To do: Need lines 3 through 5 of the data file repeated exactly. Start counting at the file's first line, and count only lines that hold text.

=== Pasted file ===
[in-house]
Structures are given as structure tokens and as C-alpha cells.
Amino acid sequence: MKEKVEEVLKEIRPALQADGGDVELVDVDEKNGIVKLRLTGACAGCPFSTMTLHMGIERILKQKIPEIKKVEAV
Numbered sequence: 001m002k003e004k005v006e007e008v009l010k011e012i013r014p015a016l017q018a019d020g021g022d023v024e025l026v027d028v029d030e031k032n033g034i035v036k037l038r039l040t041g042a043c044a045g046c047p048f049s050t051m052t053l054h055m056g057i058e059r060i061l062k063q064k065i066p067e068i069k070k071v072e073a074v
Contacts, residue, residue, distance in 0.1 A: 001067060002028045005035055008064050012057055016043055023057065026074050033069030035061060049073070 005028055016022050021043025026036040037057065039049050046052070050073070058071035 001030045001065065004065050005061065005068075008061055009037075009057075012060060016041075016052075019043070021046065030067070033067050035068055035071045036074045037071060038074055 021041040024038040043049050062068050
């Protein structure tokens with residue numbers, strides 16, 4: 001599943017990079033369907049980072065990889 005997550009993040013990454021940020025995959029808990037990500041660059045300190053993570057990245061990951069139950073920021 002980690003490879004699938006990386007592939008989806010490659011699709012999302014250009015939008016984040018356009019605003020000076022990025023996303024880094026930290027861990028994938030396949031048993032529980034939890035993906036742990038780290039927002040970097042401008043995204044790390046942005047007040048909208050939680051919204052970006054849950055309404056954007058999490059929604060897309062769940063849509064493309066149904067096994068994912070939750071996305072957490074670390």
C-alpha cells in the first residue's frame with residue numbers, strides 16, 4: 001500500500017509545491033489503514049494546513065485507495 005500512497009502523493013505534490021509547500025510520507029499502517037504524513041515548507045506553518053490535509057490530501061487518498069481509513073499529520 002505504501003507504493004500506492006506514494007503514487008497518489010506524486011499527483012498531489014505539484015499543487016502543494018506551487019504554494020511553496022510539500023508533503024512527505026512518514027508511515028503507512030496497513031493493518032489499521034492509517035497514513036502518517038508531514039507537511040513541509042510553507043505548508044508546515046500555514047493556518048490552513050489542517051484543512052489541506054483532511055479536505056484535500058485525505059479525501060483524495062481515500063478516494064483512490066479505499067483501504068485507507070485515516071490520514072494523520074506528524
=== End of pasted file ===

Amino acid sequence: MKEKVEEVLKEIRPALQADGGDVELVDVDEKNGIVKLRLTGACAGCPFSTMTLHMGIERILKQKIPEIKKVEAV
Numbered sequence: 001m002k003e004k005v006e007e008v009l010k011e012i013r014p015a016l017q018a019d020g021g022d023v024e025l026v027d028v029d030e031k032n033g034i035v036k037l038r039l040t041g042a043c044a045g046c047p048f049s050t051m052t053l054h055m056g057i058e059r060i061l062k063q064k065i066p067e068i069k070k071v072e073a074v
Contacts, residue, residue, distance in 0.1 A: 001067060002028045005035055008064050012057055016043055023057065026074050033069030035061060049073070 005028055016022050021043025026036040037057065039049050046052070050073070058071035 001030045001065065004065050005061065005068075008061055009037075009057075012060060016041075016052075019043070021046065030067070033067050035068055035071045036074045037071060038074055 021041040024038040043049050062068050